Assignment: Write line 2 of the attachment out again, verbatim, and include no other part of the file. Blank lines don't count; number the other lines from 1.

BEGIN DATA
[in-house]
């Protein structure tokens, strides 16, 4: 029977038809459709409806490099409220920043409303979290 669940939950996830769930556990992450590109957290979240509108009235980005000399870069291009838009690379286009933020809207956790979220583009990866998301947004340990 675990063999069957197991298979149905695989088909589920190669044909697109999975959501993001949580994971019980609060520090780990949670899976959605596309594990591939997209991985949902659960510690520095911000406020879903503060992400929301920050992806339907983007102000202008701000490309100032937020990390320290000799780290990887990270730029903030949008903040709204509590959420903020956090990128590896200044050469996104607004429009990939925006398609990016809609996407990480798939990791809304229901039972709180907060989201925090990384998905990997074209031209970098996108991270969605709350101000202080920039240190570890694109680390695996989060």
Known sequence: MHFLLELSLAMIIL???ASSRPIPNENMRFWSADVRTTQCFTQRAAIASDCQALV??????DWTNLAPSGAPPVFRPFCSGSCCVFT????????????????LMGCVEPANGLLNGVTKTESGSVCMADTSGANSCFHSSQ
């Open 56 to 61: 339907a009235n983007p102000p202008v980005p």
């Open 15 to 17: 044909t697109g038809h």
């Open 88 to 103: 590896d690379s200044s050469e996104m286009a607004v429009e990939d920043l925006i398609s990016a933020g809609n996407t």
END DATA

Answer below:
């Protein structure tokens, strides 16, 4: 029977038809459709409806490099409220920043409303979290 669940939950996830769930556990992450590109957290979240509108009235980005000399870069291009838009690379286009933020809207956790979220583009990866998301947004340990 675990063999069957197991298979149905695989088909589920190669044909697109999975959501993001949580994971019980609060520090780990949670899976959605596309594990591939997209991985949902659960510690520095911000406020879903503060992400929301920050992806339907983007102000202008701000490309100032937020990390320290000799780290990887990270730029903030949008903040709204509590959420903020956090990128590896200044050469996104607004429009990939925006398609990016809609996407990480798939990791809304229901039972709180907060989201925090990384998905990997074209031209970098996108991270969605709350101000202080920039240190570890694109680390695996989060």